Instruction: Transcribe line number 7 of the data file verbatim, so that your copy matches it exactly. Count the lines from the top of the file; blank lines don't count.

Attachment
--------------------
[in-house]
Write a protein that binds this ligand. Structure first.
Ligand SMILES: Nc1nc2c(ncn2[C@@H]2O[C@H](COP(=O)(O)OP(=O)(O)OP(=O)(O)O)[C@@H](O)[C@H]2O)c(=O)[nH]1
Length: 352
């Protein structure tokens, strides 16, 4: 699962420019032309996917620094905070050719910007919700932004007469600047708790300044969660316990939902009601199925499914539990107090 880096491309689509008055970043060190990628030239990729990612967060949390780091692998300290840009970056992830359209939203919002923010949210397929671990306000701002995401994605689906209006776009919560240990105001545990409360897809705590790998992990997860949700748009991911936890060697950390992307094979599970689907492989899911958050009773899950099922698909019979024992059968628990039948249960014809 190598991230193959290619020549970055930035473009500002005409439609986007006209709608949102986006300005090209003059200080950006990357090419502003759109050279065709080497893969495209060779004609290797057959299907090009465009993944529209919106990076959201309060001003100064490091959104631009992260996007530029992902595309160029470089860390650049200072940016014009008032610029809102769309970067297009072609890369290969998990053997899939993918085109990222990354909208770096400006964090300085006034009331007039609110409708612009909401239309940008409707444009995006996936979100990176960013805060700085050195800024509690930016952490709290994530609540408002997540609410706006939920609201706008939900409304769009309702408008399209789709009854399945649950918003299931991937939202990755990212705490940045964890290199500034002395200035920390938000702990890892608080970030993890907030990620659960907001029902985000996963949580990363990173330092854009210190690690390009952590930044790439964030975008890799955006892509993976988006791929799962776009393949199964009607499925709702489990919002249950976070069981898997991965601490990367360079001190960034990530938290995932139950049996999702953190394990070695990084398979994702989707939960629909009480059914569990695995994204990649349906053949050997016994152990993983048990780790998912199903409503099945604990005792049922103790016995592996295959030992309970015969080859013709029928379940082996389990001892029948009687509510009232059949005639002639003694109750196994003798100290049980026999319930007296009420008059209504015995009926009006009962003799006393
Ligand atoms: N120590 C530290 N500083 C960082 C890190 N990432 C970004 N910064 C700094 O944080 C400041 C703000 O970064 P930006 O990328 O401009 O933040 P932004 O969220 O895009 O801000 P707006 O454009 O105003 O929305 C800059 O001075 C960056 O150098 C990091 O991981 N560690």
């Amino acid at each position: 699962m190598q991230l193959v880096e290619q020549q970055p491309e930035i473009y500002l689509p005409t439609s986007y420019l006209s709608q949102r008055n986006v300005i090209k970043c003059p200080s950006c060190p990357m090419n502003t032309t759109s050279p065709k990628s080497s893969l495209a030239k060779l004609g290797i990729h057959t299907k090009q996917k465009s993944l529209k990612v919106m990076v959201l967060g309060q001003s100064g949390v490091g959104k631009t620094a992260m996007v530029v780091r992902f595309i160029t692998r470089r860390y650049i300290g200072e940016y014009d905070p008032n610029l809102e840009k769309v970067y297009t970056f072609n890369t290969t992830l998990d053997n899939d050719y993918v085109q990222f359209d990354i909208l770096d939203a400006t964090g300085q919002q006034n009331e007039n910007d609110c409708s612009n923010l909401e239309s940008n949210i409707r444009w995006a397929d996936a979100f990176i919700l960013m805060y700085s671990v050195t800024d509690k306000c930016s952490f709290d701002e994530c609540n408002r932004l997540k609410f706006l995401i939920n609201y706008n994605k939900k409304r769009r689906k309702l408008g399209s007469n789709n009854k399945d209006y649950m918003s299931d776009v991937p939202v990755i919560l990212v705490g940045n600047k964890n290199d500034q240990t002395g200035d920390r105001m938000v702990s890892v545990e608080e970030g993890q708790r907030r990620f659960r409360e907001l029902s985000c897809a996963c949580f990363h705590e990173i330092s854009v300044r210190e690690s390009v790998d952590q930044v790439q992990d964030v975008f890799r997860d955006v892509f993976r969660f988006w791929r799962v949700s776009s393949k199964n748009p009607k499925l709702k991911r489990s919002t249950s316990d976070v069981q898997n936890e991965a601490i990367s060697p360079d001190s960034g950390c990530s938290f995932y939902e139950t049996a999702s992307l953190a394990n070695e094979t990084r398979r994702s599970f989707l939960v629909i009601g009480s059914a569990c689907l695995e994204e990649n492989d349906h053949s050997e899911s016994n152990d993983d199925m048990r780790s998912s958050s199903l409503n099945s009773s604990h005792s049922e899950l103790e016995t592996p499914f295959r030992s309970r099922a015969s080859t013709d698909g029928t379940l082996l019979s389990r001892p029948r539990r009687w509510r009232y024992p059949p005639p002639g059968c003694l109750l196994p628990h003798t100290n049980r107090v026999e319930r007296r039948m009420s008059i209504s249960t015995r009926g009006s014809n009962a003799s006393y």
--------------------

């Amino acid at each position: 699962m190598q991230l193959v880096e290619q020549q970055p491309e930035i473009y500002l689509p005409t439609s986007y420019l006209s709608q949102r008055n986006v300005i090209k970043c003059p200080s950006c060190p990357m090419n502003t032309t759109s050279p065709k990628s080497s893969l495209a030239k060779l004609g290797i990729h057959t299907k090009q996917k465009s993944l529209k990612v919106m990076v959201l967060g309060q001003s100064g949390v490091g959104k631009t620094a992260m996007v530029v780091r992902f595309i160029t692998r470089r860390y650049i300290g200072e940016y014009d905070p008032n610029l809102e840009k769309v970067y297009t970056f072609n890369t290969t992830l998990d053997n899939d050719y993918v085109q990222f359209d990354i909208l770096d939203a400006t964090g300085q919002q006034n009331e007039n910007d609110c409708s612009n923010l909401e239309s940008n949210i409707r444009w995006a397929d996936a979100f990176i919700l960013m805060y700085s671990v050195t800024d509690k306000c930016s952490f709290d701002e994530c609540n408002r932004l997540k609410f706006l995401i939920n609201y706008n994605k939900k409304r769009r689906k309702l408008g399209s007469n789709n009854k399945d209006y649950m918003s299931d776009v991937p939202v990755i919560l990212v705490g940045n600047k964890n290199d500034q240990t002395g200035d920390r105001m938000v702990s890892v545990e608080e970030g993890q708790r907030r990620f659960r409360e907001l029902s985000c897809a996963c949580f990363h705590e990173i330092s854009v300044r210190e690690s390009v790998d952590q930044v790439q992990d964030v975008f890799r997860d955006v892509f993976r969660f988006w791929r799962v949700s776009s393949k199964n748009p009607k499925l709702k991911r489990s919002t249950s316990d976070v069981q898997n936890e991965a601490i990367s060697p360079d001190s960034g950390c990530s938290f995932y939902e139950t049996a999702s992307l953190a394990n070695e094979t990084r398979r994702s599970f989707l939960v629909i009601g009480s059914a569990c689907l695995e994204e990649n492989d349906h053949s050997e899911s016994n152990d993983d199925m048990r780790s998912s958050s199903l409503n099945s009773s604990h005792s049922e899950l103790e016995t592996p499914f295959r030992s309970r099922a015969s080859t013709d698909g029928t379940l082996l019979s389990r001892p029948r539990r009687w509510r009232y024992p059949p005639p002639g059968c003694l109750l196994p628990h003798t100290n049980r107090v026999e319930r007296r039948m009420s008059i209504s249960t015995r009926g009006s014809n009962a003799s006393y």